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The Garden Theatre, owned by Charles Hildinger and Milton Hirshfild reopened on April 27, 1925.
The Victory was another Hildinger Theater. From the Trenton Times, June 2, 1919, “The Victory Theatre, formerly the Crsecent, at South Broad and Hudson Streets, which was formerly opened Memorial Day, will begin its first full week this afternoon…..
From the Trenton Times April 12, 1914, Charles Hildinger (my husband’s great-uncle, awarded the contract for the construction of the Princess Theatre to Mayer & Margerum to be completed within 90 working days. The architect was Osborne Hunt. It did not actually open until Thursday, November 8, 1914. The headline attraction was “413.” It had 900 seats, orchestra pit, fine ventilating system, and ten exits.
In 1915 Hildinger and LaMonte contracted with James Morris & Fred Parker to rebuild the Bijou at the Clinton address for $20,000 to be completed by November 15.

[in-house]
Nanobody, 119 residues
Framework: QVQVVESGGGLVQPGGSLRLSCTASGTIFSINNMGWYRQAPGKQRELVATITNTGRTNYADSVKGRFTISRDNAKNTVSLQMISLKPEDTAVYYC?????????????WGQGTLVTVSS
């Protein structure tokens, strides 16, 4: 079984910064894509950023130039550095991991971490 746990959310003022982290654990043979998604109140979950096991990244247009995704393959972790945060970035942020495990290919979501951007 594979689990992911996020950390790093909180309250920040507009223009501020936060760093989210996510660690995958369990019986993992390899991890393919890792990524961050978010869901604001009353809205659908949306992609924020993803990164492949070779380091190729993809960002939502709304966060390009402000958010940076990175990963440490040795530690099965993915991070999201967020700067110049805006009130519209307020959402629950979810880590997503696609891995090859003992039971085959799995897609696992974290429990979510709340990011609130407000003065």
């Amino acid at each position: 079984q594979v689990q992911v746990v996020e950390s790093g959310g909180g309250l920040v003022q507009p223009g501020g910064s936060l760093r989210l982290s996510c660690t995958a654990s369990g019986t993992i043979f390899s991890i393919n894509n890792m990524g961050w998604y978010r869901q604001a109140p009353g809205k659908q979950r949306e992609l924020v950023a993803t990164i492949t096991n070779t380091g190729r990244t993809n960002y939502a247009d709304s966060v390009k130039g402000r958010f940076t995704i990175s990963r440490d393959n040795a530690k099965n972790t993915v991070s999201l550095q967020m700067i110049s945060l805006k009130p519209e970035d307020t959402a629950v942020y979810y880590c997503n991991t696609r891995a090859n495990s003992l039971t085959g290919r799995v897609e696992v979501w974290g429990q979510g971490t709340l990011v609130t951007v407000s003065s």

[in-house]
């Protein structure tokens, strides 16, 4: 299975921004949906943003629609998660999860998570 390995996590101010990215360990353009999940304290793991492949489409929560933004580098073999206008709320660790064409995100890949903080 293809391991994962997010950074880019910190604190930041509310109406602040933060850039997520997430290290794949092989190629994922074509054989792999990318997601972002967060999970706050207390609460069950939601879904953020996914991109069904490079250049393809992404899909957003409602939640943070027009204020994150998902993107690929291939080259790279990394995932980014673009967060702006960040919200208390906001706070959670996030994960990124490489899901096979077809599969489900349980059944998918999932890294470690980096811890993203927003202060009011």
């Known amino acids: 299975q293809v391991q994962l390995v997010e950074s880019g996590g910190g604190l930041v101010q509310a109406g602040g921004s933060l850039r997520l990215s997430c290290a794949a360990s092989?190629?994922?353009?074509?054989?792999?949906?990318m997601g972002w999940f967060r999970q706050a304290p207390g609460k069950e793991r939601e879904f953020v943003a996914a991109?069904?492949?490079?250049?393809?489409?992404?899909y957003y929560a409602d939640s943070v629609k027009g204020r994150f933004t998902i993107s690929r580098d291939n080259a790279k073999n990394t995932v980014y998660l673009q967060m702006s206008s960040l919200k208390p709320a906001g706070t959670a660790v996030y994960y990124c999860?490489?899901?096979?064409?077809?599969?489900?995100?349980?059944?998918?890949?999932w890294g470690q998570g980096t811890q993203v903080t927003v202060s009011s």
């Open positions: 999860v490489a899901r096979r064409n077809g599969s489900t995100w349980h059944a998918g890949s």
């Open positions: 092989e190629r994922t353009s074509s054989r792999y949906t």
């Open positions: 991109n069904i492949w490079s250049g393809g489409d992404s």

The Bijou was Charles Hildinger’s (in partnership with C.C. Cutler)1st theatre which opened June 28, 1906 at 23 N. Warren St. In 1909 it was moved, under the name “The New Bijou” to the Chestnut/Clinton location and managed by Russell Lamont. It appears the original Bijou stayed open for some time and was managed by J. E. McClurg.
Additionally, as to David Johnston, he was Charles Hildinger’s brother-in-law (and my husband’s great-grandfather)and he actually lived on Edgewood Avenue & worked at several of the theater’s as a manager including the Strand for a time. He also rented out rooms in his home to organists and other theater workers.
I’m not from Trenton, but Charles Hildinger was my husband’s great-uncle and I have done a lot of research on him. The Strand was originally built about 1916 by the Strand Theatre Company owned by C Hildinger (50 shares) and the Philip & Marie Papier (50 shares). In June, 1915 they filed papers as incorporators" to build the Strand. In 1925 there was a major renovation costing $100,000. “One of the outstanding features…the pipe organ. An instrument costing $7,500 has been installed. It is of such mammoth size that it was necessary to extend the rear of the building in order to accommodate the organ.” (all info from news articles)